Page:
Coca-Cola is paying Whitbread $5.1 billion for the Costa Limited coffee chain, which has grown to nearly 4,000 outlets in more than 30 countries around the world since its founding in London in 1971.
As Coca-Cola points out in a subhead of the press release announcing the deal this morning, the acquisition “Offers Opportunities for Expansion of Costa Brand in Multiple Channels and Formats.”
It also “adds to Coca-Cola’s drive to diversify away from fizzy drinks and expand its options for increasingly health-conscious consumers, after countries started introducing sugar taxes,” write Reuters’ Kate Holton, Martinne Geller and Sangameswaran S.
“Beyond coffee shops, Coca-Cola CEO James Quincey, himself a Briton who is familiar with the Costa brand, said Costa would provide an important growth platform ranging from beans to bottled drinks in what is one of the world’s fastest-growing drink categories, growing 6%,” they observe.
Indeed, “Whitbread had plans to spin out the Costa brand, but the sale to Coca-Cola has come as something of a surprise to many in the market, given that Coca-Cola currently has no presence in coffee. That lack of a presence is exactly why Coca-Cola wants to buy Costa, however,” writes Will Martin for Business Insider.
“The deal was unanimously agreed by the Whitbread board to be in the best interests of shareholders, the company said in a statement. It acquired the chain in 1995, for £19 million when it had only 39 shops,” CNBC’s Matt Clinch reports.
“Founded as a roastery in London 47 years ago by two brothers, the company now trails only Starbucks and McDonald’s in its number of worldwide coffee locations. It has more than 2,400 stores in Britain and 1,400 in other markets around Europe and Asia, as well as 8,000 Costa Express self-serve machines,” writes Michael de la Merced for the New York Times.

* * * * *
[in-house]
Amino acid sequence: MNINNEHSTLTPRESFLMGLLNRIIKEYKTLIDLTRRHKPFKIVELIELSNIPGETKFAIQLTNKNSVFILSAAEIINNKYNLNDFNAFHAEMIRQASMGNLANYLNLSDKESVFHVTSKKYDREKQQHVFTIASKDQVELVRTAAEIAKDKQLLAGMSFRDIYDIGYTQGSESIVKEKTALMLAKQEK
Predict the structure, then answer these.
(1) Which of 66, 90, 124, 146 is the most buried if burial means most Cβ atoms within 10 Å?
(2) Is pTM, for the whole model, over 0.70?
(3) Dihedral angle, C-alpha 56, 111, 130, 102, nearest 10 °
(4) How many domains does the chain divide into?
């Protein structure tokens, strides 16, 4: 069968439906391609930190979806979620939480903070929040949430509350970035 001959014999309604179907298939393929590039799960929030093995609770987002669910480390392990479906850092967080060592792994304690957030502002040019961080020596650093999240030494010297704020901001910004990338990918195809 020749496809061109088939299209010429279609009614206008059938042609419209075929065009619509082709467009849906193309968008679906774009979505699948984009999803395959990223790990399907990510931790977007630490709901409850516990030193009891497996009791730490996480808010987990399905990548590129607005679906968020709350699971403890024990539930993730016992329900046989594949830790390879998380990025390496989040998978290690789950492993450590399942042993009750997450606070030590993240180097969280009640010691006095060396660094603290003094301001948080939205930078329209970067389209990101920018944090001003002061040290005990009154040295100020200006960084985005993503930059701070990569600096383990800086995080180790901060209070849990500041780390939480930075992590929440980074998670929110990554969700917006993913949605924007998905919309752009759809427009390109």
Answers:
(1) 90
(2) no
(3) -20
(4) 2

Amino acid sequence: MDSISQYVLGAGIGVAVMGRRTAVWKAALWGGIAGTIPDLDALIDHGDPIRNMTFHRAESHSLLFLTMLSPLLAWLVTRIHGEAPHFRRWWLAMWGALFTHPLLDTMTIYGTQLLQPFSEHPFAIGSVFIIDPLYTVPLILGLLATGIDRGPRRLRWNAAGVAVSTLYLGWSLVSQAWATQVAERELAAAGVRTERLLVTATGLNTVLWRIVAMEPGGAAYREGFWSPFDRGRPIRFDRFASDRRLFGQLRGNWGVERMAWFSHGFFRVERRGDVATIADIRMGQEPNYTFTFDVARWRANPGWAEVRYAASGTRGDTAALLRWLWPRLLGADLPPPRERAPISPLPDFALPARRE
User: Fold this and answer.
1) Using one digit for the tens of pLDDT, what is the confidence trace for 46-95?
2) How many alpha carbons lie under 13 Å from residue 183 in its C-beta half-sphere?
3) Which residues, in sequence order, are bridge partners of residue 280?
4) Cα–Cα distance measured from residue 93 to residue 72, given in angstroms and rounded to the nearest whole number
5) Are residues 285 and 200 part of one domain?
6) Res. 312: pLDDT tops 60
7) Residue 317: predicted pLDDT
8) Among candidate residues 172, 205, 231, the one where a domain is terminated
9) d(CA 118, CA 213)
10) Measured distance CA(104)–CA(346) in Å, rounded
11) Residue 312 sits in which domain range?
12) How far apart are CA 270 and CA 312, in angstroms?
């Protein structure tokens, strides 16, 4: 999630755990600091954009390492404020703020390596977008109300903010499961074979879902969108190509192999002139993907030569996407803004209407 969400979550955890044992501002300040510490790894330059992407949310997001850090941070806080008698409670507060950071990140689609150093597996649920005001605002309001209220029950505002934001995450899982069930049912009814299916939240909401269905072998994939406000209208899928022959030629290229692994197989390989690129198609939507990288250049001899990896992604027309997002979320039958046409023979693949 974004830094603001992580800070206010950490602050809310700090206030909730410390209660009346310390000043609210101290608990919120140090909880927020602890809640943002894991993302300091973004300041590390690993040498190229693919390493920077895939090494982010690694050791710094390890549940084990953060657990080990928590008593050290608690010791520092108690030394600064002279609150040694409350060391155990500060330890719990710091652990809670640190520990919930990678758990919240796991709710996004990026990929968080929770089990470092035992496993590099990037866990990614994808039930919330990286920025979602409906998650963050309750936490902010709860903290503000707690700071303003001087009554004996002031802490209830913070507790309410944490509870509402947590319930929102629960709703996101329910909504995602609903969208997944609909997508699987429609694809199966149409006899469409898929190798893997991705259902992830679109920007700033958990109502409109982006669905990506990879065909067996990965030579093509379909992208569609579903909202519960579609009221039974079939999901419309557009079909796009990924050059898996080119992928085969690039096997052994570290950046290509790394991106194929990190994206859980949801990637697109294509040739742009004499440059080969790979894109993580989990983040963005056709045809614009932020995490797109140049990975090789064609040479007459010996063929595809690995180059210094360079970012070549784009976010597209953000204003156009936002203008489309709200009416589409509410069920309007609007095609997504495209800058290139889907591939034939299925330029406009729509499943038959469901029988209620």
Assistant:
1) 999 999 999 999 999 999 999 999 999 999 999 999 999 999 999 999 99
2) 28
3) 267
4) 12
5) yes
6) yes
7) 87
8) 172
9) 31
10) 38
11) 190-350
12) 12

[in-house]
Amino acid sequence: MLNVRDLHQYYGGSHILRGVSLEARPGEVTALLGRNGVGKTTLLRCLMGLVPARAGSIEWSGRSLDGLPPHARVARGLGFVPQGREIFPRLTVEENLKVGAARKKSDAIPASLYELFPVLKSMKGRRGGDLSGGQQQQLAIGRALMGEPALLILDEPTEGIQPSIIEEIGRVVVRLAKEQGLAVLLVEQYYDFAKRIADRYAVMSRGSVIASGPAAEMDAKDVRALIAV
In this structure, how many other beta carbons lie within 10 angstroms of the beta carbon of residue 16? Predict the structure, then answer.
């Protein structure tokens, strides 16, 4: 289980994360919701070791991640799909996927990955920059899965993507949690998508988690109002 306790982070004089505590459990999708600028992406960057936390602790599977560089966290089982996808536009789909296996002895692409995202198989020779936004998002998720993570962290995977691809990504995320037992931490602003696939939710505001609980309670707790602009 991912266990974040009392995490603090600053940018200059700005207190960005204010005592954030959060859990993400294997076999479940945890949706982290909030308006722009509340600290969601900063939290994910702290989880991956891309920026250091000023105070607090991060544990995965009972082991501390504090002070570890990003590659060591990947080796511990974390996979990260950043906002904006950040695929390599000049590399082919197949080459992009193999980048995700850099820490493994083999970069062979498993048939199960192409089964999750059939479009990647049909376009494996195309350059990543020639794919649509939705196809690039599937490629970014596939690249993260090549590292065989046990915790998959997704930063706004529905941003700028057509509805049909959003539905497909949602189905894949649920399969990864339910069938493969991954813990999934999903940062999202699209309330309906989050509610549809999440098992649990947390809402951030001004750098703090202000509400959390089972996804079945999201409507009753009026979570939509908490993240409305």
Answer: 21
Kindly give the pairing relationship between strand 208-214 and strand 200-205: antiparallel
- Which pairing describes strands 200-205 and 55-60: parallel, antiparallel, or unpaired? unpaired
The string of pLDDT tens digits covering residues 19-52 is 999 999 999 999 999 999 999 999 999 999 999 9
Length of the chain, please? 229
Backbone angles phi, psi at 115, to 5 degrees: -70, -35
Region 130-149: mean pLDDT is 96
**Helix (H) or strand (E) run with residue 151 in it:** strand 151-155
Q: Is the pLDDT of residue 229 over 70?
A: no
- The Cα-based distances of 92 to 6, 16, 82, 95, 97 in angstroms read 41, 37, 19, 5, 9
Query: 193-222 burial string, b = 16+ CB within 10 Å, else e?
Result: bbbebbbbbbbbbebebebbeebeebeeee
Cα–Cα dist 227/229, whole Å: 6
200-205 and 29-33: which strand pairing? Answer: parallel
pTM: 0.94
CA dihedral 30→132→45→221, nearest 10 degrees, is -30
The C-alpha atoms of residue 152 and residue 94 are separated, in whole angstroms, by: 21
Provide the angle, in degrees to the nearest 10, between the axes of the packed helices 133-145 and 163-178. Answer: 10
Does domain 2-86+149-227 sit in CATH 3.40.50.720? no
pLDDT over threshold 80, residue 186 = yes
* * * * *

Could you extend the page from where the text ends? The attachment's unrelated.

The deal is “priced at a punchy 16.4 times Costa's latest annual earnings,” CNBC’s Clinch writes. “Coca-Cola are one of the few companies in the world that could justify the valuation,” Hargreaves Lansdown equity analyst Nicholas Hyett tells him. “Its global reach should turbo-charge growth in the years to come, and hot drinks are one of the few areas of the wider beverages sector where the soft drinks giant doesn’t have a killer brand.”
The acquisition also immediately engages Coke in a battle that we’ve perhaps not seen since the height of the Cola Wars way back at the end of the 20th century.
“The move would mark the biggest brand acquisition in the history of Coca-Cola and a gamble that the soda giant can move into the crowded retail world and take on Starbucks Corp., which has more than 27,000 cafes around the globe,” point out Jennifer Maloney and Ian Walker for the Wall Street Journal.
“Coffee has been one of the frothiest markets for mergers and acquisitions activity over the past year, as competition between Swiss group Nestlé and JAB Holdings -- the private investment group that manages the wealth of Germany’s billionaire Reimann family -- has heated up,” Murad Ahmed and Cat Rutter Pooley observe for Financial Times.
“Nestlé’s deals include taking a majority stake in hipster roastery Blue Bottle and acquiring rights to sell Starbucks products, while JAB earlier this year struck a deal to combine its Keurig Green Mountain coffee business with soft drinks producer Dr Pepper Snapple,” they add.
Bloomberg’s Thomas Mulier offers yet another spin: “Coming after PepsiCo Inc.’s $3.2 billion agreement this month to buy SodaStream Ltd., a maker of carbonated-water dispensers, ‘it would appear that Coca-Cola is branching out slightly differently into the extremely competitive coffee market, where it is hoped that Coca-Cola’s brand, as well as its marketing might, will help maintain the Costa brand’s market share,’ said Michael Hewson, an analyst at CMC Markets, in a note.”
As frothy as coffee business may be as a business proposition, patrons are apparently wising up to the excesses of some of one its more popular concoctions.
The Wall Street Journal’s Julie Jargon reports today that Starbucks “is putting its decadent Frappuccino on a diet, looking to reduce the drink’s high sugar levels, which have scared away increasingly health-conscious consumers and hurt sales.”
But, as Coca-Cola learned in the ’80s with its New Coke debacle, reformulation can be tricky. “It has been tough for Starbucks to lower the calories and keep the sweet taste that consumers expect,” Jargon writes.